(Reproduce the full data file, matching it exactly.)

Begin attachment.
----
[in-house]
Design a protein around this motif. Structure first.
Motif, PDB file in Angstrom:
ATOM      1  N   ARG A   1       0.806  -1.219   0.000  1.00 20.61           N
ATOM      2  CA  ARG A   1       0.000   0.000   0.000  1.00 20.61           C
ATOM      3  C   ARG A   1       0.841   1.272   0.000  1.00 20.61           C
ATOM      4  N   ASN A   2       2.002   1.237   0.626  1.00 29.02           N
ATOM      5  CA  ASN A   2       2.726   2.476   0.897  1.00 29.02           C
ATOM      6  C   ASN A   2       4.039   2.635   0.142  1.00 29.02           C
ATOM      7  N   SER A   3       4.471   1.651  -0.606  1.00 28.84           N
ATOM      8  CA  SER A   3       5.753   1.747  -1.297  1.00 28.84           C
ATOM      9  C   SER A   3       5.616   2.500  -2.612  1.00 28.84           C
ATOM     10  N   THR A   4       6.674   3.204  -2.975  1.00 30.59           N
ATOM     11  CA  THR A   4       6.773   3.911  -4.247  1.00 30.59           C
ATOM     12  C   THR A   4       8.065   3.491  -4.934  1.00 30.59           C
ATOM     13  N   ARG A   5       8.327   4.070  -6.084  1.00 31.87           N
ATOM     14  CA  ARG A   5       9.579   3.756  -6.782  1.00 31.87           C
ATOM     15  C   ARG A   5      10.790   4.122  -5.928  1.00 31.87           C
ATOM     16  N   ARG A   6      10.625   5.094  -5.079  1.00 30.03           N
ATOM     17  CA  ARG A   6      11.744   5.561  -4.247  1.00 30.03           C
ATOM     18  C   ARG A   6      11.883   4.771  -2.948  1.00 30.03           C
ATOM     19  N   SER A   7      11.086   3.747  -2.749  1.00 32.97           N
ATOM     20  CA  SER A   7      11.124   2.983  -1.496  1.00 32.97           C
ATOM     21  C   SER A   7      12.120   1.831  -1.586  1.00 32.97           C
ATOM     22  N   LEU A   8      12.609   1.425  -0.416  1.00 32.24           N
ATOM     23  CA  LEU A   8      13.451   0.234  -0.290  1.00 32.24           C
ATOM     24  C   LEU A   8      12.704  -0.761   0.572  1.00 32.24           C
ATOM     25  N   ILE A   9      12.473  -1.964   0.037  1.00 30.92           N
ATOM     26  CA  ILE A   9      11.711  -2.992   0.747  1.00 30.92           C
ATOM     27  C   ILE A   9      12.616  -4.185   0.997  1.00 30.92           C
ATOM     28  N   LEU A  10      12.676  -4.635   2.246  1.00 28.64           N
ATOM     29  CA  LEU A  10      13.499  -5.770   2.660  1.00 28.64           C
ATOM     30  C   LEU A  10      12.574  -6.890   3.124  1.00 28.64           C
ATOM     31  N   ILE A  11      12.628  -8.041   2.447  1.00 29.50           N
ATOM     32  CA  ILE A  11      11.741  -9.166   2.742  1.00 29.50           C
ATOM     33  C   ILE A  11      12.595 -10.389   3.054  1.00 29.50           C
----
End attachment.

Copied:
[in-house]
Design a protein around this motif. Structure first.
Motif, PDB file in Angstrom:
ATOM      1  N   ARG A   1       0.806  -1.219   0.000  1.00 20.61           N
ATOM      2  CA  ARG A   1       0.000   0.000   0.000  1.00 20.61           C
ATOM      3  C   ARG A   1       0.841   1.272   0.000  1.00 20.61           C
ATOM      4  N   ASN A   2       2.002   1.237   0.626  1.00 29.02           N
ATOM      5  CA  ASN A   2       2.726   2.476   0.897  1.00 29.02           C
ATOM      6  C   ASN A   2       4.039   2.635   0.142  1.00 29.02           C
ATOM      7  N   SER A   3       4.471   1.651  -0.606  1.00 28.84           N
ATOM      8  CA  SER A   3       5.753   1.747  -1.297  1.00 28.84           C
ATOM      9  C   SER A   3       5.616   2.500  -2.612  1.00 28.84           C
ATOM     10  N   THR A   4       6.674   3.204  -2.975  1.00 30.59           N
ATOM     11  CA  THR A   4       6.773   3.911  -4.247  1.00 30.59           C
ATOM     12  C   THR A   4       8.065   3.491  -4.934  1.00 30.59           C
ATOM     13  N   ARG A   5       8.327   4.070  -6.084  1.00 31.87           N
ATOM     14  CA  ARG A   5       9.579   3.756  -6.782  1.00 31.87           C
ATOM     15  C   ARG A   5      10.790   4.122  -5.928  1.00 31.87           C
ATOM     16  N   ARG A   6      10.625   5.094  -5.079  1.00 30.03           N
ATOM     17  CA  ARG A   6      11.744   5.561  -4.247  1.00 30.03           C
ATOM     18  C   ARG A   6      11.883   4.771  -2.948  1.00 30.03           C
ATOM     19  N   SER A   7      11.086   3.747  -2.749  1.00 32.97           N
ATOM     20  CA  SER A   7      11.124   2.983  -1.496  1.00 32.97           C
ATOM     21  C   SER A   7      12.120   1.831  -1.586  1.00 32.97           C
ATOM     22  N   LEU A   8      12.609   1.425  -0.416  1.00 32.24           N
ATOM     23  CA  LEU A   8      13.451   0.234  -0.290  1.00 32.24           C
ATOM     24  C   LEU A   8      12.704  -0.761   0.572  1.00 32.24           C
ATOM     25  N   ILE A   9      12.473  -1.964   0.037  1.00 30.92           N
ATOM     26  CA  ILE A   9      11.711  -2.992   0.747  1.00 30.92           C
ATOM     27  C   ILE A   9      12.616  -4.185   0.997  1.00 30.92           C
ATOM     28  N   LEU A  10      12.676  -4.635   2.246  1.00 28.64           N
ATOM     29  CA  LEU A  10      13.499  -5.770   2.660  1.00 28.64           C
ATOM     30  C   LEU A  10      12.574  -6.890   3.124  1.00 28.64           C
ATOM     31  N   ILE A  11      12.628  -8.041   2.447  1.00 29.50           N
ATOM     32  CA  ILE A  11      11.741  -9.166   2.742  1.00 29.50           C
ATOM     33  C   ILE A  11      12.595 -10.389   3.054  1.00 29.50           C